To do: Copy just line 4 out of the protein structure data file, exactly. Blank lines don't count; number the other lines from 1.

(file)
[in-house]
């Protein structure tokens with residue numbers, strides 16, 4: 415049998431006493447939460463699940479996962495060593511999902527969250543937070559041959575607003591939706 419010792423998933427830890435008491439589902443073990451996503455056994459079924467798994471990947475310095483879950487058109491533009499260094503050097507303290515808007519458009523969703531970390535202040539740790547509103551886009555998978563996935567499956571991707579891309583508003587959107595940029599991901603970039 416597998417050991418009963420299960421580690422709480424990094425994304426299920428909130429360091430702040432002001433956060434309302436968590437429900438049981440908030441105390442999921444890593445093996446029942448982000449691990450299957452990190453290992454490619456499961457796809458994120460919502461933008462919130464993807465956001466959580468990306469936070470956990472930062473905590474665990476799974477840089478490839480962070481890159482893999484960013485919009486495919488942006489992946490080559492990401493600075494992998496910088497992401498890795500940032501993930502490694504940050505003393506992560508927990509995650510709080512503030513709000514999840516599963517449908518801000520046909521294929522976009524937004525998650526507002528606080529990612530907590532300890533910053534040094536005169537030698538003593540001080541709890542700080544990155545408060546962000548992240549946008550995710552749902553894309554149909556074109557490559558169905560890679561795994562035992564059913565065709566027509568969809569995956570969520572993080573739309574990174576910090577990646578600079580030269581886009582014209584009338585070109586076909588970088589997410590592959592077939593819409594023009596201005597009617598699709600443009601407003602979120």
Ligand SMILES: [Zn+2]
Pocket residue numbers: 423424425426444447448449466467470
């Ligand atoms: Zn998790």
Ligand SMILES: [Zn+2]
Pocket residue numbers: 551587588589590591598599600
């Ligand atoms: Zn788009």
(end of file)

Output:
Pocket residue numbers: 423424425426444447448449466467470